The Biggest Mistake You Can Make In Any Relationship

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You see them from across the room. You’re instantly attracted. Your curiosity flies off the charts. They come up and introduce themselves. You’re even more intrigued. You go on a date. You kiss. You can’t stop thinking about them when you’re apart. You fall in love. You move in together.

Sound familiar?

How can such a prelude to what seems like a GRAND love story end in such heartache?

There is this thing….it’s like a drug…it makes us feel so damn good…..and it can be hazardous to our health. That, my friends, is called infatuation. When we’re infatuated we feel high. We also don’t see clearly. Even when there is a huge blinking red neon sign, we don’t get the message.

“I won’t be ready for kids in at least 5 years.” [Through heart-shaped rosy glasses] you say to yourself, “Oh, you say that now, but you’ll come around…”

“I don’t want a serious relationship.” [Through heart-shaped rosy glasses] “Oh, you say that now, but you’ll come around…”

As the relationship evolves, those issues come up. You argue.

In the end, you find a way to push those arguments to the side and act like it’s not that big of a deal.

Why? It’s easy. You’re hoping your partner will change.

And this, dear readers, is the biggest mistake you can make in any stage of a relationship.

3 things happen when you hope that your partner will change:

 

  • You’re not accepting your partner for who they are:

My former partner wanted to be Peter Pan. In fact, I believe he thinks he is Peter Pan. He was always so happy. So positive. And he wanted things to be that way all the time. He wanted to fly. I thought he was so immature. I mean, he’s 7 years younger, what did I expect? I thought that in a few years when he’s a little bit older, he would change. I celebrated his two birthdays that we spent together like the birth of Jesus Christ. I praised and threw down some Hallelujahs! I couldn’t wait for him to be older.

But the truth is, there is nothing wrong with Peter Pan. What a beautiful character. We need more Peter Pans in this world. Peter Pan, however, just doesn’t suit my needs as a romantic partner. And that was never my partner’s fault. He is who he is. And it’s enough.

  • You’re not allowing yourself to be accepted as you are:   self love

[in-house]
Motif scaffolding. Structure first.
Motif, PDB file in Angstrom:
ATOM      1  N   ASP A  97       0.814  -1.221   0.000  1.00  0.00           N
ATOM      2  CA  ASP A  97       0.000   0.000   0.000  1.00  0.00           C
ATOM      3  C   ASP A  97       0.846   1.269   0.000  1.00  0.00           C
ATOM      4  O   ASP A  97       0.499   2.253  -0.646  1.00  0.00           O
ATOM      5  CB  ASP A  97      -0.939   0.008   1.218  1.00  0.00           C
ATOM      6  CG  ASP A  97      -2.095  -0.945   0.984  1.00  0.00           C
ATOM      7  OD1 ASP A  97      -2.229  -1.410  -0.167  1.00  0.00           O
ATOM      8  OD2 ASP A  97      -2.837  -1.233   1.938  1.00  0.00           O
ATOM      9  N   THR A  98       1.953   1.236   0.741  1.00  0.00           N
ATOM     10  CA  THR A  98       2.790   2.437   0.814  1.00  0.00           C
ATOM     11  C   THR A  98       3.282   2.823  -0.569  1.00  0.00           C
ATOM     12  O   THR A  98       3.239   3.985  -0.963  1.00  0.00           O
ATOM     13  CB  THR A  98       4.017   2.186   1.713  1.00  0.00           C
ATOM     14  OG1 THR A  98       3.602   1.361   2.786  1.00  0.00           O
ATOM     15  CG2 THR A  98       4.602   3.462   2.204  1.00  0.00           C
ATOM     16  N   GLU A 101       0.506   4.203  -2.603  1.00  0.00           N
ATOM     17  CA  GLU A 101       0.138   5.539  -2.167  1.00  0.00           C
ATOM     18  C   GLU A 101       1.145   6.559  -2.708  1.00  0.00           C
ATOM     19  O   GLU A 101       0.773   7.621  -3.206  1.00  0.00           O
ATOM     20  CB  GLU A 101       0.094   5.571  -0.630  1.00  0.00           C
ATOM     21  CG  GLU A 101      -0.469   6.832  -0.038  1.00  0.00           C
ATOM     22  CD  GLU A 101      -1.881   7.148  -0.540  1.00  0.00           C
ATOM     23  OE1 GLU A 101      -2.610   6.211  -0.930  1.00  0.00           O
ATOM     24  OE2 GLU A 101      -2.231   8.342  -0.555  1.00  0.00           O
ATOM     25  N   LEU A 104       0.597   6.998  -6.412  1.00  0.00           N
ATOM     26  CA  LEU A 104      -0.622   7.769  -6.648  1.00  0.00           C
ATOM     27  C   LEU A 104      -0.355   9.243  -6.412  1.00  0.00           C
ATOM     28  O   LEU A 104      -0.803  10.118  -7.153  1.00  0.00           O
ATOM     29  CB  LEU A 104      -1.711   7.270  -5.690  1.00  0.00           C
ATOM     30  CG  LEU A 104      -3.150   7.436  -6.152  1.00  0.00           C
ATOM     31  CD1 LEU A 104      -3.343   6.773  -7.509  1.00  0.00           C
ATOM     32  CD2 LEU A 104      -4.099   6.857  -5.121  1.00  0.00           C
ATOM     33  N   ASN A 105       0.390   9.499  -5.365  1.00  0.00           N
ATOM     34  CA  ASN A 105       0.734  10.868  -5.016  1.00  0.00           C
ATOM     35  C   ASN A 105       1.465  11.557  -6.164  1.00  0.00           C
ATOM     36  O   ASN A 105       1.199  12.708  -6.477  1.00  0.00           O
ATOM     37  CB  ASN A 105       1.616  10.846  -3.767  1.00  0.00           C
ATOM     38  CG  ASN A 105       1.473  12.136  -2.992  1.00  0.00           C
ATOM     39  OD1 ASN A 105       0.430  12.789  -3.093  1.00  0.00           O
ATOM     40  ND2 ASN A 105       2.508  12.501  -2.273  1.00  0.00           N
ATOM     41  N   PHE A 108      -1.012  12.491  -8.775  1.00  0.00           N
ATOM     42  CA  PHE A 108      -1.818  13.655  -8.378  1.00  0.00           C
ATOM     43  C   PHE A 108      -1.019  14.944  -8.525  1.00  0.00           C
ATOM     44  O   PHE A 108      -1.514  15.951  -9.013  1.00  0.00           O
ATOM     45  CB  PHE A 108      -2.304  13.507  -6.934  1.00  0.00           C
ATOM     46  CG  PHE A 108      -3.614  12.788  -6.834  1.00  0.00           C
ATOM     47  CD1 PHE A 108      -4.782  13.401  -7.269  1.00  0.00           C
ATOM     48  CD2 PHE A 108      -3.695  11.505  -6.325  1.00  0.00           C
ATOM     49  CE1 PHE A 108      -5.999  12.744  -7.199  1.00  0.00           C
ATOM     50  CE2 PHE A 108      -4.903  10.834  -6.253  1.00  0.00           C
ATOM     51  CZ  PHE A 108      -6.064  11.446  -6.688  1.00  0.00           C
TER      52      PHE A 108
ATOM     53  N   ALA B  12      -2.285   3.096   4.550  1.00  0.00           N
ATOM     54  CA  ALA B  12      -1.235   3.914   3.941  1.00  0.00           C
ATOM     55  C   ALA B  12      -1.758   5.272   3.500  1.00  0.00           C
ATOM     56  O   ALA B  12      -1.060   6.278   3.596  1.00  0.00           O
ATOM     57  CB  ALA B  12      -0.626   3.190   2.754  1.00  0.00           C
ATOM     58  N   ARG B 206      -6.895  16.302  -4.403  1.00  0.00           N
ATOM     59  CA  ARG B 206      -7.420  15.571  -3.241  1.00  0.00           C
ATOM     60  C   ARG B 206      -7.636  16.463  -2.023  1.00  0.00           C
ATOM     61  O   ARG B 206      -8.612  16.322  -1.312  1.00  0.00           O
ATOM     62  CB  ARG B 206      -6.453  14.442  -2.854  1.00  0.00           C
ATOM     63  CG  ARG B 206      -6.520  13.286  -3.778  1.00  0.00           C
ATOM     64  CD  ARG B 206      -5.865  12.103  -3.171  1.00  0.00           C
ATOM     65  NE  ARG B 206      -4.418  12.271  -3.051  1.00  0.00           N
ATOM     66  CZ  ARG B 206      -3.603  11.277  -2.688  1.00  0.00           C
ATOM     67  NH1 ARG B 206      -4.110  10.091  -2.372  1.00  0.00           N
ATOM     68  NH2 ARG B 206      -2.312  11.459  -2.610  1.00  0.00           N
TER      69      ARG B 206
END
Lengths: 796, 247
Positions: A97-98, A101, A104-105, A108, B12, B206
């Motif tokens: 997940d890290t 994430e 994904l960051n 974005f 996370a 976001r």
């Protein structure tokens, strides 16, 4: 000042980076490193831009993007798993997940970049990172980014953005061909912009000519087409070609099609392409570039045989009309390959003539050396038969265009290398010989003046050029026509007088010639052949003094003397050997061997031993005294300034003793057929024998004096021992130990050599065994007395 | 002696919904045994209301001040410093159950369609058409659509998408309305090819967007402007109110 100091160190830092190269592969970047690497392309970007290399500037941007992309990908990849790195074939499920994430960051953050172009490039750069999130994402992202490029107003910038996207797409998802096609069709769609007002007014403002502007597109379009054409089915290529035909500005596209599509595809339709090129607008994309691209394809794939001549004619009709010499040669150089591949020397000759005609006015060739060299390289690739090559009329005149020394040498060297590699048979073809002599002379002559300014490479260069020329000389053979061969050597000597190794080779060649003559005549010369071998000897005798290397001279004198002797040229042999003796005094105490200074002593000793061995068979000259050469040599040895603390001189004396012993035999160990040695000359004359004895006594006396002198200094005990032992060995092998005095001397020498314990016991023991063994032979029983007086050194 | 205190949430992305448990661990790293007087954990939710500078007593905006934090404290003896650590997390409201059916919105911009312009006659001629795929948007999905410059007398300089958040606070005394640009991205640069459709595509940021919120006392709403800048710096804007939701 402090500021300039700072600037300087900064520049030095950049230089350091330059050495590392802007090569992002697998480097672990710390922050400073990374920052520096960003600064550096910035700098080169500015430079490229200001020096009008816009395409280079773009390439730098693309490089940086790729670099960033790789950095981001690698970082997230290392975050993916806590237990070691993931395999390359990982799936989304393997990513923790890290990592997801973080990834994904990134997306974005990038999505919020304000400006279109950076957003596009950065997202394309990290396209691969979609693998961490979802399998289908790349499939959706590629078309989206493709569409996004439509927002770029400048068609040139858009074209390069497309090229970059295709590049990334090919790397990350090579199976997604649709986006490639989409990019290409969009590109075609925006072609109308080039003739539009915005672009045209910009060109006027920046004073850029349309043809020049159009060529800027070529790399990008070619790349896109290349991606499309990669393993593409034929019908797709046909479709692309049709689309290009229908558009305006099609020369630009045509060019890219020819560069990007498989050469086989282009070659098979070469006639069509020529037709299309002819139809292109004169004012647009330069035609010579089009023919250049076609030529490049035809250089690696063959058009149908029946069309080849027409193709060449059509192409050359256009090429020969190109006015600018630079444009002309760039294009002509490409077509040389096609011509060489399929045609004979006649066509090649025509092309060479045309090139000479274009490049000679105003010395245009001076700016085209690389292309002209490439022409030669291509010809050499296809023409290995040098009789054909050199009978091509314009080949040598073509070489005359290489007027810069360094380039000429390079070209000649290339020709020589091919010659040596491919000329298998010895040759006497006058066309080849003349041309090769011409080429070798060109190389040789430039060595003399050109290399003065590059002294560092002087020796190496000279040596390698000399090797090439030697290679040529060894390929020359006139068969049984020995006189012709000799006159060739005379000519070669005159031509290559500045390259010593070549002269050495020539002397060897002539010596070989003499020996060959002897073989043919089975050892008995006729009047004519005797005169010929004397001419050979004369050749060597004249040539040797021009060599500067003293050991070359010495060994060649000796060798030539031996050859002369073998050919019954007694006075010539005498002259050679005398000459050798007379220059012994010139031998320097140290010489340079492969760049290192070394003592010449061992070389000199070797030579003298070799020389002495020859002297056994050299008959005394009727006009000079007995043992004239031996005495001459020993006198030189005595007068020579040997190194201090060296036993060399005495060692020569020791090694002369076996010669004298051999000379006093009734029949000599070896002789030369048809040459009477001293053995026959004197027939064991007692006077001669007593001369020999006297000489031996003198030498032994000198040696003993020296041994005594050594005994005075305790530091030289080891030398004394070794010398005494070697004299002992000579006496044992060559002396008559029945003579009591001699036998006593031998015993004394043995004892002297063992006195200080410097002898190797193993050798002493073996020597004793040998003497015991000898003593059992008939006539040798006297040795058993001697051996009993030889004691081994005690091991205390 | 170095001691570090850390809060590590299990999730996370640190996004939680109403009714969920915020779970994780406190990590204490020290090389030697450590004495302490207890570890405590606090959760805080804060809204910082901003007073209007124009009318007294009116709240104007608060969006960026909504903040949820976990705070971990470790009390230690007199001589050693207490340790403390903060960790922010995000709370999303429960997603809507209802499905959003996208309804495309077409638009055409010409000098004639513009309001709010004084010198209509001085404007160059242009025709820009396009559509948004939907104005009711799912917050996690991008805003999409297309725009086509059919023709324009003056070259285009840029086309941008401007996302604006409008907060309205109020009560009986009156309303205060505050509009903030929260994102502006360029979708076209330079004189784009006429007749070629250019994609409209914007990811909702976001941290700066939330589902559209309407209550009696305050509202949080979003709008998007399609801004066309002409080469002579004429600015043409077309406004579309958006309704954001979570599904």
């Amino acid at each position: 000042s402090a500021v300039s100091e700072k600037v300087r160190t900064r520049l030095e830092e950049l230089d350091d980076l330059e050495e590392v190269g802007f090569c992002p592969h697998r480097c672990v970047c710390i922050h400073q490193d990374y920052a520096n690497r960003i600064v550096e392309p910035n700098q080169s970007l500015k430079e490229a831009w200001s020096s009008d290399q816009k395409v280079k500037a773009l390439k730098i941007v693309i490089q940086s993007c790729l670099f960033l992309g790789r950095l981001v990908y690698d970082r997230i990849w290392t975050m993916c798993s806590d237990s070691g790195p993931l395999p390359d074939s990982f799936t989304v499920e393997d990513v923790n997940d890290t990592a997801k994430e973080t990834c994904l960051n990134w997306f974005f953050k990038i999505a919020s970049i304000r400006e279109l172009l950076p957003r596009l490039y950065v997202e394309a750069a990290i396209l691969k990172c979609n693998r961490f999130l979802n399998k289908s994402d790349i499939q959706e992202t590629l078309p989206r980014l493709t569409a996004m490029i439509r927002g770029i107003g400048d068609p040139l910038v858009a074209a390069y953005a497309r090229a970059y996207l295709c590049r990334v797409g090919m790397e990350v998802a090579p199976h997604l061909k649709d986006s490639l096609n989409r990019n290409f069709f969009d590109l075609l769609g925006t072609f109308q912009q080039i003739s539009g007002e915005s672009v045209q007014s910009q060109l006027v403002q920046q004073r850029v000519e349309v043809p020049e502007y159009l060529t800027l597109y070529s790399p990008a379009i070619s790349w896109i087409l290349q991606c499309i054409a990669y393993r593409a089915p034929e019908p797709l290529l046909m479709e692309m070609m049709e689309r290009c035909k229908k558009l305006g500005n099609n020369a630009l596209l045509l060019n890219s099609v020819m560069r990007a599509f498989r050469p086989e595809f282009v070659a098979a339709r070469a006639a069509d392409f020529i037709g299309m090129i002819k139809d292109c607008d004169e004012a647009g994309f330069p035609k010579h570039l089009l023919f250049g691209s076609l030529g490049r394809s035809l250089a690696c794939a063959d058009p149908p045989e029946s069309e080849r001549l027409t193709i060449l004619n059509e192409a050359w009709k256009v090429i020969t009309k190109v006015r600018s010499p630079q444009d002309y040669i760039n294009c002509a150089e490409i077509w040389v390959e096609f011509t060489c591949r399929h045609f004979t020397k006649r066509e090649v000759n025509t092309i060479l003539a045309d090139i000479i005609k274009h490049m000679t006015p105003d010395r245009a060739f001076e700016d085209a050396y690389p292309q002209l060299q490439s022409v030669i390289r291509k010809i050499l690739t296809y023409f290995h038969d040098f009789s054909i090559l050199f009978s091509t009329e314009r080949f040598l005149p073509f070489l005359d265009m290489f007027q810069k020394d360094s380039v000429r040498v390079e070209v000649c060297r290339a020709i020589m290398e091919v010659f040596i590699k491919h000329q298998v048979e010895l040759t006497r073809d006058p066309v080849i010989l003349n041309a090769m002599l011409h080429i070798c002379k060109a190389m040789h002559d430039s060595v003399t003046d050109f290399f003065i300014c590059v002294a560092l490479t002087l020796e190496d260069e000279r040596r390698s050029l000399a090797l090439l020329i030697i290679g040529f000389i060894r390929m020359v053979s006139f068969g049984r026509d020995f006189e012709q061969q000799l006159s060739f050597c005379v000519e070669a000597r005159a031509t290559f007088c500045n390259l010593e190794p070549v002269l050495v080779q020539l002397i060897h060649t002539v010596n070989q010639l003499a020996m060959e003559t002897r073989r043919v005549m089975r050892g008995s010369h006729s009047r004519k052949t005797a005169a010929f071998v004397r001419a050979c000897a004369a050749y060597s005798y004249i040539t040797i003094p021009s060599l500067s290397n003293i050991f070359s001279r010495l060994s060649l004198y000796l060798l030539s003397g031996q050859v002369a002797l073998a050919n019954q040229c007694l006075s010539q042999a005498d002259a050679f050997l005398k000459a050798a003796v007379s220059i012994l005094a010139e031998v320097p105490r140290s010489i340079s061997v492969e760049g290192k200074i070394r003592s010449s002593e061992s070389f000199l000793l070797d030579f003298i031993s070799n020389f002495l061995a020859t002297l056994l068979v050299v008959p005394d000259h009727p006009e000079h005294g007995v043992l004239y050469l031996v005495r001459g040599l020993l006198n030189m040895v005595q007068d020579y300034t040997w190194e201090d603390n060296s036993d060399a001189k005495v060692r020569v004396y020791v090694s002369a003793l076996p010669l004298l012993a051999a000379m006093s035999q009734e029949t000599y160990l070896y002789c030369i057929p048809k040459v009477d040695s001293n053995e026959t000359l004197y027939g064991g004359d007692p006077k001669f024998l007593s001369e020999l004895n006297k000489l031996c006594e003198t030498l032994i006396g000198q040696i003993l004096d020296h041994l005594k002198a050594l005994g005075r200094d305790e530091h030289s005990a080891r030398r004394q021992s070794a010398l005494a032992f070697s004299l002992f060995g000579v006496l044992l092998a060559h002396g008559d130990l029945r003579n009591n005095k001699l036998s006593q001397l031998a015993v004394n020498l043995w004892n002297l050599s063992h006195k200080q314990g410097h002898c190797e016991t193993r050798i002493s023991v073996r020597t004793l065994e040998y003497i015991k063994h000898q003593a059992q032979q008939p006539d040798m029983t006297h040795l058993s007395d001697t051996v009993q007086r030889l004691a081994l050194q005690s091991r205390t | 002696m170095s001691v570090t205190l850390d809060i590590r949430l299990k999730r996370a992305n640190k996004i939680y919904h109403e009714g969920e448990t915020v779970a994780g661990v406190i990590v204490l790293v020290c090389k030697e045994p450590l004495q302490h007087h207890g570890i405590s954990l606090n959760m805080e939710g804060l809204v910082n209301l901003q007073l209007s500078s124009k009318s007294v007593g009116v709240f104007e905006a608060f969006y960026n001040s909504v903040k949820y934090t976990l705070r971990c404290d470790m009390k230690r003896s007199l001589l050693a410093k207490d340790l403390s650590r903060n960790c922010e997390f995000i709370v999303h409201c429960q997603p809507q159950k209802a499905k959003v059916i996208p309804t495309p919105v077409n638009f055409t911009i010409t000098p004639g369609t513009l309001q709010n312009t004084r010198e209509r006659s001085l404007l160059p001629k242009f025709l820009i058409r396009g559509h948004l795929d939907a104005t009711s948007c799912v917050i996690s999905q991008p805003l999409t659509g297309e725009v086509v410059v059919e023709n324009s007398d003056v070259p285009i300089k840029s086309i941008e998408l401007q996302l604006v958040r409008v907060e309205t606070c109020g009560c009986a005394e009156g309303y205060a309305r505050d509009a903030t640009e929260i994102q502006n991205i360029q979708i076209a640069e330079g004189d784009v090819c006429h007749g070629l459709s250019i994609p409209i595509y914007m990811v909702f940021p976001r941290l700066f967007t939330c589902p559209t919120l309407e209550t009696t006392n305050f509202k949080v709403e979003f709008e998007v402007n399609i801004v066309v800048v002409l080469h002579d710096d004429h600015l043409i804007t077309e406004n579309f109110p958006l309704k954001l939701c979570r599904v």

Let’s say that your partner doesn’t like it when you get moody. In general, nobody likes a moody person. Yet, we can’t all have top-notch days. And the more your partner resists your moodiness, the more you start to feel bad about yourself. The more you want to change because you don’t feel like you’re good enough. Now, I am a HUGE advocate of personal development and in striving to be the best versions of ourselves. But, there is a VERY big difference between your partner encouraging you to be a better version of yourself, and your partner wanting you to change.

Some guys are better at handling certain characteristics and personalities than others. I wanted Peter Pan to be able to handle my moments of moodiness in a different way. I wanted Peter Pan to be somebody else.

But he wasn’t. So I started to feel bad about myself. And it wasn’t his fault, it was mine for wanting him to change.

Or how about this common scenario. The guy you’re dating tells you he doesn’t want a serious relationship. So you convince yourself and him that you can keep it casual so that he accepts you.

And what a shame this is because you’re not accepting yourself. If you’re ready to love with all of your heart, there is nothing more beautiful than that in this world, dear readers. Never do yourself such a disservice. Allow yourself to be accepted just as you are, no filters. Someone out there is waiting to embrace everything you have to offer wholeheartedly.

  • You create a future that isn’t real:

This whole idea that he’ll grow up or she’ll come around is speaking about a future that isn’t real. We only have the present, people. And even though we can indeed grow up and come around, expecting or hoping that your partner will one day should NEVER be the basis of any relationship.

I wanted my partner to grow up. I wanted him to want to have a baby with me in the near future. But I was on my time and he was on his.

The last guy I dated told me a couple of months after we started dating that he didn’t want a serious relationship. Damn, I had completely misread his efforts and actions and was quite surprised.

We had so much in common. We connected instantly. We had 4-hour deep conversations effortlessly. We had chemistry.

And none of that mattered. He didn’t want a serious relationship.

I was hoping that he’d turn the corner quicker than he did. I created a false future for he and me.

Take what a person is telling and showing you in the present moment to heart.

I tend to be a hopeful romantic, hoping that things will change because they will change.

But that’s only doing a dishonor to the person you’re with.

And a bigger dishonor to yourself.

Either accept, and love with all you have. Or not accept, and wish them well.

 

Do you have any insights to share? I’d love to hear from you! And if you know someone who could benefit from this post, please pass it on. Thank you greatly!

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